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Sunderland win on penalties to book date at Wembley

Dabirsim leads Morny charge of new brigade

If the second of the Group One prizes contested at Deauville yesterday showcased the efficiency of one bloodstock superpower, Juddmonte Farms extending their remarkable recent spree, the first had drawn attention to the deficiencies in others. David Brown, Yann Barberot and Christophe Ferland hardly have the profile and resources of the elite stables, but saddled the three leading fancies for the Prix Morny. Quite where all the other empires were hiding their juveniles is hard to say, but Ferland showed that simply buying up the most expensive bloodlines can never be enough.

Yorkshire Dale ends 14-year drought

Apprentice plays waiting game to perfection as he guides Moyenne Corniche to victory in Europe's richest handicap

Cecil team overjoyed at Mongan's first Group One

Some may beg to differ, principally those incautious enough to risk fortunes on a horse that had never even contested a Group One race against two that had already won nine between them. But while these shared a cold illumination with Await The Dawn, sent off at staggering odds of 8-13, it otherwise proved impossible to resist the contagion of joy diffused by the brave success of Twice Over in the Juddmonte International Stakes here yesterday.

Balm for Godolphin but ban for footsore Dettori

The spectacle of four horses plunging towards the line together here yesterday seemed to give substance to the suspicion that the present crop of stayers, behind Fame And Glory, are a fairly anonymous bunch. It would be more charitable, however, to acknowledge that they had provided the finish of the week in the Artemis Goodwood Cup, with the official margins given as a head, neck and nose.

Trip and track look tailor-made for Strong Suit to take honours

Fiorente should continue his upward curve in the Gordon Stakes on opening day of Glorious Goodwood

Nathaniel comes of age on distressing day

Death overshadows glory at Ascot as supplemented colt takes King George after Dettori's narrow escape from Rewilding's fatal fall

Dettori delivers Oaks redemption

Whatever Frankie Dettori's trespasses at Epsom last month, they were all forgiven and forgotten at the Curragh yesterday. After the Oaks the Italian had been, with some justification, vilified for losing third place – and the each-way bets – on the favourite Blue Bunting, whom he stopped urging prematurely near the finish. But in the Irish version of the Classic punters did not lose faith in either the filly or her partner, backed them from 11-2 in the morning to 5-2 at the off, and were rewarded, this time, by an inch-perfect display of commitment by horse and rider.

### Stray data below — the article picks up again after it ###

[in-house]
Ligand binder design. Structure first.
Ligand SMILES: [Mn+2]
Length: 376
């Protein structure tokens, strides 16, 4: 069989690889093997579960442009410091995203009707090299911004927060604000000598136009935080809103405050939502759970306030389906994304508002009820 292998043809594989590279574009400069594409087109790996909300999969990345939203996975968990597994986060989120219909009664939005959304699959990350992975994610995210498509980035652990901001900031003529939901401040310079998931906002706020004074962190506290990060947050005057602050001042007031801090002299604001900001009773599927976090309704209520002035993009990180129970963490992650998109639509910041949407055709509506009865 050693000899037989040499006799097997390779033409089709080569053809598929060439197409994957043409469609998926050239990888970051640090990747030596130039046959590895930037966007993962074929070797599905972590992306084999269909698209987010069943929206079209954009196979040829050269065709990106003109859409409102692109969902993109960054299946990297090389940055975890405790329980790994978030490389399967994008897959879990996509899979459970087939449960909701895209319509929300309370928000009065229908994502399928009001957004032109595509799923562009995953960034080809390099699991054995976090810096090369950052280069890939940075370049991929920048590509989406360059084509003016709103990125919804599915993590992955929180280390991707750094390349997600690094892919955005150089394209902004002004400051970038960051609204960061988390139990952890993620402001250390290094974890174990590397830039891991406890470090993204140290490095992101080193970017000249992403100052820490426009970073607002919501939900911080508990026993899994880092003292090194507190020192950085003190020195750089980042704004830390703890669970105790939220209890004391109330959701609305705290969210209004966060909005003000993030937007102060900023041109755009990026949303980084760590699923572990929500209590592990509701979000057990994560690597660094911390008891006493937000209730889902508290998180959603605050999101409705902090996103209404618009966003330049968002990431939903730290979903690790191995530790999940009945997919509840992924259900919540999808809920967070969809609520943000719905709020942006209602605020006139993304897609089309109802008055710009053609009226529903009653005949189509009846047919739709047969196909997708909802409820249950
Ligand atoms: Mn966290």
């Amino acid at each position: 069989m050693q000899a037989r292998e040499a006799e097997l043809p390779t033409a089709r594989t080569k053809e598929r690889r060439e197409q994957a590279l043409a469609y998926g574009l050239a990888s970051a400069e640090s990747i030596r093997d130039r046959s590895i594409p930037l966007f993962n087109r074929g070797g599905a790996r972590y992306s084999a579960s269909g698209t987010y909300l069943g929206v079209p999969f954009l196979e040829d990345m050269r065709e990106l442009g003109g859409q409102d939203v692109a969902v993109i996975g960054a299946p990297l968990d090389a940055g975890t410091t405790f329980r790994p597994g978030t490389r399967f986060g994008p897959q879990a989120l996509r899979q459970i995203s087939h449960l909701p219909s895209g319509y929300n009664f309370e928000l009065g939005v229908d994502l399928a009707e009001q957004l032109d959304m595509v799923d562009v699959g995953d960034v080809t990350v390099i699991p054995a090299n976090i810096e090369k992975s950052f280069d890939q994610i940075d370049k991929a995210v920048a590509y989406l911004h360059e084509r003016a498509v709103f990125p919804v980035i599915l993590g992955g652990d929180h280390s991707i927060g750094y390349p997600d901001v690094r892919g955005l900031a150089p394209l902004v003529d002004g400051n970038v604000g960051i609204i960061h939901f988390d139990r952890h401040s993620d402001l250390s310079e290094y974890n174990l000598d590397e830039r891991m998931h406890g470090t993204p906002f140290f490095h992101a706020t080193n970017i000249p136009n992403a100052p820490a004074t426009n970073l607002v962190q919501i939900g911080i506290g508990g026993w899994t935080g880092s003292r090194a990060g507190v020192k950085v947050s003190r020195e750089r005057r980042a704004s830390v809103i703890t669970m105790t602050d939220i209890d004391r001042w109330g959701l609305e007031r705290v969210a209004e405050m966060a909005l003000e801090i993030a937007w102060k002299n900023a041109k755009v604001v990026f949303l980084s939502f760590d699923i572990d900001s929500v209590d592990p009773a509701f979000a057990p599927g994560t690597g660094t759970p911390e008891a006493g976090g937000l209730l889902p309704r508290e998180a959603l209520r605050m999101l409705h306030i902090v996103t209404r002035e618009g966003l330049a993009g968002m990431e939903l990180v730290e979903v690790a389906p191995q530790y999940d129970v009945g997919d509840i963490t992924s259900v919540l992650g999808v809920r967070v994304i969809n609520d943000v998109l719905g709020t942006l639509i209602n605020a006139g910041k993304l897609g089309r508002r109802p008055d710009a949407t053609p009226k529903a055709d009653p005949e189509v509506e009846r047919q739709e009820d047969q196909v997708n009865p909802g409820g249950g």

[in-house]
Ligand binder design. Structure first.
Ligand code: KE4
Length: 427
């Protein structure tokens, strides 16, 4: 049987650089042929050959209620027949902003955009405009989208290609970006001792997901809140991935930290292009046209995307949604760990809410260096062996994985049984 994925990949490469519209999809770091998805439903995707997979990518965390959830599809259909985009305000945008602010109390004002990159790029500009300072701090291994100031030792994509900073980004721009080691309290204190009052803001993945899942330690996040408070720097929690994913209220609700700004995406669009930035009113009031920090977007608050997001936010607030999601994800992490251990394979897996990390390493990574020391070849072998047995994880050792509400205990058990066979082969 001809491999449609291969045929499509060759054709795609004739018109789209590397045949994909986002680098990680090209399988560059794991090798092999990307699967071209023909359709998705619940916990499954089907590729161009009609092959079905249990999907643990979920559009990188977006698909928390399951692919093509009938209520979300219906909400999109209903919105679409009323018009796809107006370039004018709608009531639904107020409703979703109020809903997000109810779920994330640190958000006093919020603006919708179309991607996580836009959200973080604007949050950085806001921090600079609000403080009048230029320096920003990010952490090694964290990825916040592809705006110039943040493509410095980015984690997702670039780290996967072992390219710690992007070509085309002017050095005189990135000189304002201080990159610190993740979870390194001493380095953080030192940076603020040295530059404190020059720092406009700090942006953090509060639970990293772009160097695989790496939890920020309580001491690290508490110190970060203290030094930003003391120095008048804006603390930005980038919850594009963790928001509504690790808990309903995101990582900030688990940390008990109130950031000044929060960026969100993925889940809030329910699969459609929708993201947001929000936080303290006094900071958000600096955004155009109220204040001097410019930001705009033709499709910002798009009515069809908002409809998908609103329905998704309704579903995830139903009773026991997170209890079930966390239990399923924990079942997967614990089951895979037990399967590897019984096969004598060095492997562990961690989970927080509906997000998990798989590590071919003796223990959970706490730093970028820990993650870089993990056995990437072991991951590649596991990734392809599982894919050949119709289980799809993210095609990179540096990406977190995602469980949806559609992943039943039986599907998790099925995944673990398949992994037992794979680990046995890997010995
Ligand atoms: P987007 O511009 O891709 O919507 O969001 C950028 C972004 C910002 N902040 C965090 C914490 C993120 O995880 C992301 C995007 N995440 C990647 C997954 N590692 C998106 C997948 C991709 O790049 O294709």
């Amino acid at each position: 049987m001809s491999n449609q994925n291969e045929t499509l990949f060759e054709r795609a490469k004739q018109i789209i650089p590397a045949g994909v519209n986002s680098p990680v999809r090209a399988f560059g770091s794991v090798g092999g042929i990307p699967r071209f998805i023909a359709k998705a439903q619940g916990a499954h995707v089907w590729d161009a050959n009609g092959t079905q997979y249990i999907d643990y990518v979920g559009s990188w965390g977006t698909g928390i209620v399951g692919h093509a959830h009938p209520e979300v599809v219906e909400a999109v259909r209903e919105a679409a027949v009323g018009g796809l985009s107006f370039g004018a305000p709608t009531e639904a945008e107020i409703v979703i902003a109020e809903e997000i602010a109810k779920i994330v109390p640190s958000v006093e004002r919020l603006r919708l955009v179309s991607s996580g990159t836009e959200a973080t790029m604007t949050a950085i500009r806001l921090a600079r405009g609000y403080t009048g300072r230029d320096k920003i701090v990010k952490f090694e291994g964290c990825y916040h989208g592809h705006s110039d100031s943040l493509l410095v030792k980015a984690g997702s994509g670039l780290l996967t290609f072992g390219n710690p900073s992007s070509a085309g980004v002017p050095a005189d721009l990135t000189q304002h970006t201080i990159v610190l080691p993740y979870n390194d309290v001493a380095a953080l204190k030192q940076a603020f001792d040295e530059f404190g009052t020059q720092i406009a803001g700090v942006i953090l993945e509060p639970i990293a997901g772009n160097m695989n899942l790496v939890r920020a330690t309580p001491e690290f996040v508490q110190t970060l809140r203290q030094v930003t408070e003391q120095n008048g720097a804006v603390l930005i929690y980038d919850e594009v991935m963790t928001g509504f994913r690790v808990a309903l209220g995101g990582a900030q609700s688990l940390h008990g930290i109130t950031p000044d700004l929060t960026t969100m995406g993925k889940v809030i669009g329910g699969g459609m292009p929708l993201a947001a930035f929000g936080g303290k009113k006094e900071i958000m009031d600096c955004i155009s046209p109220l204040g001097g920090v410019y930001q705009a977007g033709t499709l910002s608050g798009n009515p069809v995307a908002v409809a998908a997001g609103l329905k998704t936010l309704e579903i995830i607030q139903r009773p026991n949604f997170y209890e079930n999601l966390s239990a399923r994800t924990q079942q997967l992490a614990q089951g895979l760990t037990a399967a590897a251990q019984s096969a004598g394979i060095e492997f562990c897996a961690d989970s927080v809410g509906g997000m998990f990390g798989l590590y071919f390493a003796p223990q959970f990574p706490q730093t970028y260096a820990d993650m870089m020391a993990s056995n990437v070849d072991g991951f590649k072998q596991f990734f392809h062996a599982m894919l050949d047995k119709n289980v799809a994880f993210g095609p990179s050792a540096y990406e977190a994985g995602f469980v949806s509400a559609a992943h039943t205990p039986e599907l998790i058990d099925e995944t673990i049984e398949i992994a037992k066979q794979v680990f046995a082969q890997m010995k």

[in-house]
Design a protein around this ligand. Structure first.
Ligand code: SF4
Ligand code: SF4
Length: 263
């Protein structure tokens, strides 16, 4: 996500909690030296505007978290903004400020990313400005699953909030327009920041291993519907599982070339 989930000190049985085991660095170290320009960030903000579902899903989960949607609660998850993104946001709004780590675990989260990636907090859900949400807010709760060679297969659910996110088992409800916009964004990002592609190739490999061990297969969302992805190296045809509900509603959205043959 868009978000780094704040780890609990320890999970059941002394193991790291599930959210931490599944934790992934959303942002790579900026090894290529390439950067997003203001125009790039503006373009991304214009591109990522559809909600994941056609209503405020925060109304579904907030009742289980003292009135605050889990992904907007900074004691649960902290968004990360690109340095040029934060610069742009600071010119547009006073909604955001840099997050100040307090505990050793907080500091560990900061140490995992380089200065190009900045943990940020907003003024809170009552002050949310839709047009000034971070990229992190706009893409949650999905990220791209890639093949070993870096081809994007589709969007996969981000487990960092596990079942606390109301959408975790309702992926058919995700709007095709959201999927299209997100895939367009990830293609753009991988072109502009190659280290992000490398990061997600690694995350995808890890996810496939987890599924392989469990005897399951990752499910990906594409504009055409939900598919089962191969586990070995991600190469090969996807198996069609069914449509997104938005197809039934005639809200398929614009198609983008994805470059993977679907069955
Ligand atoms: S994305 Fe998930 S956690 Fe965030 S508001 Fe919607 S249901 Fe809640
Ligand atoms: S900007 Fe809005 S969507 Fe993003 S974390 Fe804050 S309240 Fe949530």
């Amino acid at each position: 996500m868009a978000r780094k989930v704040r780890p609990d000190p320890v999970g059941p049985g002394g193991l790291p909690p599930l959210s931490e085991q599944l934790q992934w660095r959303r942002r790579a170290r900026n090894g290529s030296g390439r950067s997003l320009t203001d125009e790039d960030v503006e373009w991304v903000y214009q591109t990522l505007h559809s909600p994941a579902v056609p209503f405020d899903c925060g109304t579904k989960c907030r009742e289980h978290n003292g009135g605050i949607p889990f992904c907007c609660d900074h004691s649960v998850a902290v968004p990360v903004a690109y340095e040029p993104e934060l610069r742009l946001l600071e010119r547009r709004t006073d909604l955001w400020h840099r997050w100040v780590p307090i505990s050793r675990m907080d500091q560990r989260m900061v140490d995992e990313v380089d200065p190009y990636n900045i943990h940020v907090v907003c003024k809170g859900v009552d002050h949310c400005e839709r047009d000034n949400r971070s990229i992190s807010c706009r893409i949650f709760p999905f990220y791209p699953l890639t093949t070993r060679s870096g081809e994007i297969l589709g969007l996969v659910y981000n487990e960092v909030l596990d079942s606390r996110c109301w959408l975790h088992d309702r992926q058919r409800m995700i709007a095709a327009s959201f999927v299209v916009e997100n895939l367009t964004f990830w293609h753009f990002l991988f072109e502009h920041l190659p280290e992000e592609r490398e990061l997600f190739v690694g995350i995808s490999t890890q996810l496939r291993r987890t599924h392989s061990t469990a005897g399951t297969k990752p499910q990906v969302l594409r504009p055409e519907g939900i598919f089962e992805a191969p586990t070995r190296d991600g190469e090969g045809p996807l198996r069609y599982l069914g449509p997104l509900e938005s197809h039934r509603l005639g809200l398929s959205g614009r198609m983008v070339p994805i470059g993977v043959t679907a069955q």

Frankie Dettori rides Rewilding to surprise victory over So You Think

Frankie Dettori opened his account at the Royal meeting when Rewilding claimed the red-hot favourite So You Think close home in the Prince of Wales's Stakes.

Golden Lilac lands second Classic to star in Fabre and Guyon's four-timer

Lest we forget, Mickaël Barzalona is not the only young jockey flourishing under the tutelage of André Fabre. Yesterday Maxime Guyon showcased his somewhat more pugnacious style as the 22-times champion trainer of France saddled yet another Classic winner, Golden Lilac in the Prix de Diane at Chantilly. Guyon and Fabre would proceed to scoop all three of the other Group races on the card, so corroborating Frankie Dettori's recent assertion that France now has the strongest group of jockeys in all Europe.

Barzalona's next big step will be guided by Fabre

It is obvious that the Turf's superpowers will be duelling over his future

Something From The Weekend: Northampton; Frankie Dettori;

The Good, the Bad and the Odd

Frankie Dettori: 'I worry about getting old. I want to go on until I'm 50'

The Brian Viner Interview: The jockey has plenty of causes for concern – the passage of time, young rivals, Arsenal's recent implosion – but for now he's focused on tomorrow's 2,000 Guineas

Johnston signs up for Butler's raid on American prize money

In a departure that dovetails the willingness of both men to experiment, Mark Johnston yesterday revealed that he is sending a horse to be trained by Gerard Butler when his rival opens a satellite stable in North America next week. Butler, who is flying half a dozen horses from his Newmarket stable to Chicago on Wednesday, has won the attention and admiration of Johnston in boldly seeking better prize money for his patrons. And, with a corresponding disdain for orthodoxy, the record-breaking Middleham trainer has decided to transfer one of his own horses to share the adventure.

Raider Fahey runs hot at chilly Craven meet

However cold its comforts, they will always be cherished by some. The Craven meeting may lack the melodrama sought by those fatuously meddling with the Flat calendar, but it opened here yesterday in a fashion guaranteed to satisfy the foibles of those who view the return of racing to the Rowley Mile as an immutable rite of spring. Sure enough, the sky sagged heavily over a grey horizon; the breeze retained the last vestiges of winter; and the horses – well, the horses did exactly what they always do at this meeting.

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